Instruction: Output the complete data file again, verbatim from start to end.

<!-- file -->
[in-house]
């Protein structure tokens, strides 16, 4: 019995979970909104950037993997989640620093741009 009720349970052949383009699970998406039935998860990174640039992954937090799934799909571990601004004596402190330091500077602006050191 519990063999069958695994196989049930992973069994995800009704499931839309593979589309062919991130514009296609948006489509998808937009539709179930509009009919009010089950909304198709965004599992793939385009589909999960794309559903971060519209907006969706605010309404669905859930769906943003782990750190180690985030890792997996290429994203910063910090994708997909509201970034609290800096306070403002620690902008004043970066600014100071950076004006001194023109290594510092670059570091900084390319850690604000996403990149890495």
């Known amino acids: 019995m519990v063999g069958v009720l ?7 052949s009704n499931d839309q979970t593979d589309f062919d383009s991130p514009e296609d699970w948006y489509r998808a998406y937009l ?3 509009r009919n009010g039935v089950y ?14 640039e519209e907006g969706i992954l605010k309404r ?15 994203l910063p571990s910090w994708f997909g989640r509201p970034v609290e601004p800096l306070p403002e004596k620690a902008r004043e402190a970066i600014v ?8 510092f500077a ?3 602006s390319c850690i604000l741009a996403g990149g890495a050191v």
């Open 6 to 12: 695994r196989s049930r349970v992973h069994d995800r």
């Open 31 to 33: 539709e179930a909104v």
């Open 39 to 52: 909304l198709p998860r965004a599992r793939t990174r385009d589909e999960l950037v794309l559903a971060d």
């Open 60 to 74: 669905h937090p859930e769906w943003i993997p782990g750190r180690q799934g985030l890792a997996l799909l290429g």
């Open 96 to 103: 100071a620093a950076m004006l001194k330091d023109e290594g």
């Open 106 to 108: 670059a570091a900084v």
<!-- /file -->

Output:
[in-house]
């Protein structure tokens, strides 16, 4: 019995979970909104950037993997989640620093741009 009720349970052949383009699970998406039935998860990174640039992954937090799934799909571990601004004596402190330091500077602006050191 519990063999069958695994196989049930992973069994995800009704499931839309593979589309062919991130514009296609948006489509998808937009539709179930509009009919009010089950909304198709965004599992793939385009589909999960794309559903971060519209907006969706605010309404669905859930769906943003782990750190180690985030890792997996290429994203910063910090994708997909509201970034609290800096306070403002620690902008004043970066600014100071950076004006001194023109290594510092670059570091900084390319850690604000996403990149890495």
């Known amino acids: 019995m519990v063999g069958v009720l ?7 052949s009704n499931d839309q979970t593979d589309f062919d383009s991130p514009e296609d699970w948006y489509r998808a998406y937009l ?3 509009r009919n009010g039935v089950y ?14 640039e519209e907006g969706i992954l605010k309404r ?15 994203l910063p571990s910090w994708f997909g989640r509201p970034v609290e601004p800096l306070p403002e004596k620690a902008r004043e402190a970066i600014v ?8 510092f500077a ?3 602006s390319c850690i604000l741009a996403g990149g890495a050191v």
């Open 6 to 12: 695994r196989s049930r349970v992973h069994d995800r």
């Open 31 to 33: 539709e179930a909104v």
């Open 39 to 52: 909304l198709p998860r965004a599992r793939t990174r385009d589909e999960l950037v794309l559903a971060d």
């Open 60 to 74: 669905h937090p859930e769906w943003i993997p782990g750190r180690q799934g985030l890792a997996l799909l290429g």
């Open 96 to 103: 100071a620093a950076m004006l001194k330091d023109e290594g």
């Open 106 to 108: 670059a570091a900084v």